Final CMS rule adds 'never events' that Medicare won't pay for

Medicare plans to increase the pressure on hospitals to improve quality, and hopes that state Medicaid programs will jump on board as well.

The Centers for Medicare & Medicaid Services announced late last week its final inpatient prospective payment rule, adding hospital-acquired conditions that will not be reimbursed and provide additional incentives for hospitals to improve care quality.

CMS already lists eight preventable conditions, commonly called never events, for which it will not make additional payments if patients develop them during their hospital stays. In this year’s proposed rule, CMS identified nine potential categories of conditions, and this year’s rule adds three additional conditions.

The new conditions for which Medicare will not pay include surgical site infections following certain elective procedures, including certain orthopedic procedures and bariatric surgeries for obesity; certain manifestations of poor control of blood sugar levels; and deep vein thrombosis or pulmonary embolism after total knee replacement and hip replacement procedures.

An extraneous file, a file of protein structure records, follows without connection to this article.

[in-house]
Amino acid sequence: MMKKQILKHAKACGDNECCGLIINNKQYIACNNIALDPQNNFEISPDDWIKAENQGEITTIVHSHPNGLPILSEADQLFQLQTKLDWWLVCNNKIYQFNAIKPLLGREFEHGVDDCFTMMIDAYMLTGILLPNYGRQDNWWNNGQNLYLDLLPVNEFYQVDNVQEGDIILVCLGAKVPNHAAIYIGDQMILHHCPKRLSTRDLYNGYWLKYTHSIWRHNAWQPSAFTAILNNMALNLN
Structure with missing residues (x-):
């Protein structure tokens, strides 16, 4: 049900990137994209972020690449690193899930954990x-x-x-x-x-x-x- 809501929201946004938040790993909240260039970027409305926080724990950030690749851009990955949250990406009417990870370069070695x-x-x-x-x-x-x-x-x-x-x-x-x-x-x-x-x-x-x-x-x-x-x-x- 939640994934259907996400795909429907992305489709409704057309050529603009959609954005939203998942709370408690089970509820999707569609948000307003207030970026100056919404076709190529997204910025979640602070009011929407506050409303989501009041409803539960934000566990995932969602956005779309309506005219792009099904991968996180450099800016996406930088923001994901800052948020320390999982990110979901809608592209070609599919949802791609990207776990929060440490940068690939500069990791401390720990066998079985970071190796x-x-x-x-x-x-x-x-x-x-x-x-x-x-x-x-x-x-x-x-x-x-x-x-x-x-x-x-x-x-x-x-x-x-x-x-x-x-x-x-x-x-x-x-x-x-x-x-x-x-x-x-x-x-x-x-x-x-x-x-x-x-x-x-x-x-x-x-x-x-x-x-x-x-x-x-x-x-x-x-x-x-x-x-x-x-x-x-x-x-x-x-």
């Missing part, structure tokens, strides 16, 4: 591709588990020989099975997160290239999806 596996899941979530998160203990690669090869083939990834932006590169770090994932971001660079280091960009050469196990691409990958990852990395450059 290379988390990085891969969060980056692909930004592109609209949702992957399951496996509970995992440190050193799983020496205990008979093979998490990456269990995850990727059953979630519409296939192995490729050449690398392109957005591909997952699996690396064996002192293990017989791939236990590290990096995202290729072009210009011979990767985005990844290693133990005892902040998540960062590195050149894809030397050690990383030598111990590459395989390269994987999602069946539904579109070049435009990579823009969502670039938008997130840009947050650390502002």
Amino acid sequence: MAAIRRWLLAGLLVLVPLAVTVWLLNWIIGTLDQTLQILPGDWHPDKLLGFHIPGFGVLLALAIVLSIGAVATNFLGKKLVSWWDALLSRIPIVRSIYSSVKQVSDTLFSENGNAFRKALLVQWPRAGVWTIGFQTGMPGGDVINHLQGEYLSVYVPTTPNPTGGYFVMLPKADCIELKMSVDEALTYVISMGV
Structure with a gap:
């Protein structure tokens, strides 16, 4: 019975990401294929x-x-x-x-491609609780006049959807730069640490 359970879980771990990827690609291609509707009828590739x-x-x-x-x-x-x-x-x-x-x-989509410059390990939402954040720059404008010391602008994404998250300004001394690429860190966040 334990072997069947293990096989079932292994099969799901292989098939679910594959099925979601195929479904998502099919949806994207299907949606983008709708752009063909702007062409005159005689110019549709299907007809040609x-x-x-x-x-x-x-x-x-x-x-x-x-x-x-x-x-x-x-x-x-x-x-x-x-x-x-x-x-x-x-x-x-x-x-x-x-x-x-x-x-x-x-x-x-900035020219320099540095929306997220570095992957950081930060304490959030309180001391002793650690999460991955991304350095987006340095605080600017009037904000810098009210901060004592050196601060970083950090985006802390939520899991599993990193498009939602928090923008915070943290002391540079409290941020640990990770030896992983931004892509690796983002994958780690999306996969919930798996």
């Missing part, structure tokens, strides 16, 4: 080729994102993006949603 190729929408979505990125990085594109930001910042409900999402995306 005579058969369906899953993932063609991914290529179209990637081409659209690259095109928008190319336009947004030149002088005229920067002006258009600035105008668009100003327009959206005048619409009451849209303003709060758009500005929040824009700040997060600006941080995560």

CMS also sent a letter to state Medicaid directors providing information about how states can adopt the same never event payment policies contained in its new IPPS rule. CMS said about 20 states already have or are considering ways to forego payments to providers when a patient has a serious medical problem related to treatment.

"Never events cause serious injury or death to beneficiaries and result in unnecessary costs to Medicare and Medicaid (because of) the need to treat the consequences of these errors," said Kerry Weems, acting director of CMS. "The steps taken today reflect our strong conviction that these events should be prevented."

The IPPS rule, which primarily updates Medicare payments to hospitals for fiscal year 2009, which begins October 1. The rule provides additional incentives for hospitals for hospitals to improve the quality of care for Medicare beneficiaries.

CMS also announced the opening of a process to develop three National Coverage Determinations that would address Medicare coverage of certain surgical procedures - surgery on the wrong body part, surgery on the wrong patient, and wrong surgery performed on a patient. Medicare NCDs set national policy on whether Medicare will cover an item or service and under what conditions.  In the absence of an NCD, coverage decisions are made by the local contractors that process and pay Medicare claims.

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